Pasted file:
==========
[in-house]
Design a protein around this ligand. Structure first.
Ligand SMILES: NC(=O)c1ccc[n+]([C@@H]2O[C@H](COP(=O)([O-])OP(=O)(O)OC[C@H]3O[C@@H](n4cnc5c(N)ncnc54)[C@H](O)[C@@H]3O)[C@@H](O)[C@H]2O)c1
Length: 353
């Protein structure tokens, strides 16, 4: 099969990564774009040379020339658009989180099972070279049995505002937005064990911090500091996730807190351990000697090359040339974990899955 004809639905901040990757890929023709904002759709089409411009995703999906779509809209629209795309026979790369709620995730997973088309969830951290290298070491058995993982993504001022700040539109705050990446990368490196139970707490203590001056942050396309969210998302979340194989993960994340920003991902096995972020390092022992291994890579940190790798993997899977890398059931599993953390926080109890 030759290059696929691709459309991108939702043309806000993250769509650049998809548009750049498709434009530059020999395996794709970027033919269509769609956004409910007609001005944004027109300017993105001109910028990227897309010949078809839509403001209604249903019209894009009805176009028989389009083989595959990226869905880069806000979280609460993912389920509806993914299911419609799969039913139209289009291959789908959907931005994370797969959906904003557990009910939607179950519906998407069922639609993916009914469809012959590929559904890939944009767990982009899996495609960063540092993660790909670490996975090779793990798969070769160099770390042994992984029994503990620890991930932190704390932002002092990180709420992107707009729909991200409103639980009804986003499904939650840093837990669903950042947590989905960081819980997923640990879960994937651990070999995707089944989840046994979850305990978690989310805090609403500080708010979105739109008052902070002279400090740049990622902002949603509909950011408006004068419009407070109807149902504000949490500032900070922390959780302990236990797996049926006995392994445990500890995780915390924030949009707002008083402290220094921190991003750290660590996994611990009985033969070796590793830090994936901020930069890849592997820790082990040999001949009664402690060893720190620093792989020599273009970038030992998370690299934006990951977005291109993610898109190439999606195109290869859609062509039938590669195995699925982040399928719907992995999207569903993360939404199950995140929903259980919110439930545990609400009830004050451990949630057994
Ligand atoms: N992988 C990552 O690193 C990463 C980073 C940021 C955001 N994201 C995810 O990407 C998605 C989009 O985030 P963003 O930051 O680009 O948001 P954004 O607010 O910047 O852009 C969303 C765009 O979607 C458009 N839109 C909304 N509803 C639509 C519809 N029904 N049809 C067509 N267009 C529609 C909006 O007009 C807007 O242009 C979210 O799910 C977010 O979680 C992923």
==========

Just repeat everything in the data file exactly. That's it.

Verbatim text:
[in-house]
Design a protein around this ligand. Structure first.
Ligand SMILES: NC(=O)c1ccc[n+]([C@@H]2O[C@H](COP(=O)([O-])OP(=O)(O)OC[C@H]3O[C@@H](n4cnc5c(N)ncnc54)[C@H](O)[C@@H]3O)[C@@H](O)[C@H]2O)c1
Length: 353
């Protein structure tokens, strides 16, 4: 099969990564774009040379020339658009989180099972070279049995505002937005064990911090500091996730807190351990000697090359040339974990899955 004809639905901040990757890929023709904002759709089409411009995703999906779509809209629209795309026979790369709620995730997973088309969830951290290298070491058995993982993504001022700040539109705050990446990368490196139970707490203590001056942050396309969210998302979340194989993960994340920003991902096995972020390092022992291994890579940190790798993997899977890398059931599993953390926080109890 030759290059696929691709459309991108939702043309806000993250769509650049998809548009750049498709434009530059020999395996794709970027033919269509769609956004409910007609001005944004027109300017993105001109910028990227897309010949078809839509403001209604249903019209894009009805176009028989389009083989595959990226869905880069806000979280609460993912389920509806993914299911419609799969039913139209289009291959789908959907931005994370797969959906904003557990009910939607179950519906998407069922639609993916009914469809012959590929559904890939944009767990982009899996495609960063540092993660790909670490996975090779793990798969070769160099770390042994992984029994503990620890991930932190704390932002002092990180709420992107707009729909991200409103639980009804986003499904939650840093837990669903950042947590989905960081819980997923640990879960994937651990070999995707089944989840046994979850305990978690989310805090609403500080708010979105739109008052902070002279400090740049990622902002949603509909950011408006004068419009407070109807149902504000949490500032900070922390959780302990236990797996049926006995392994445990500890995780915390924030949009707002008083402290220094921190991003750290660590996994611990009985033969070796590793830090994936901020930069890849592997820790082990040999001949009664402690060893720190620093792989020599273009970038030992998370690299934006990951977005291109993610898109190439999606195109290869859609062509039938590669195995699925982040399928719907992995999207569903993360939404199950995140929903259980919110439930545990609400009830004050451990949630057994
Ligand atoms: N992988 C990552 O690193 C990463 C980073 C940021 C955001 N994201 C995810 O990407 C998605 C989009 O985030 P963003 O930051 O680009 O948001 P954004 O607010 O910047 O852009 C969303 C765009 O979607 C458009 N839109 C909304 N509803 C639509 C519809 N029904 N049809 C067509 N267009 C529609 C909006 O007009 C807007 O242009 C979210 O799910 C977010 O979680 C992923």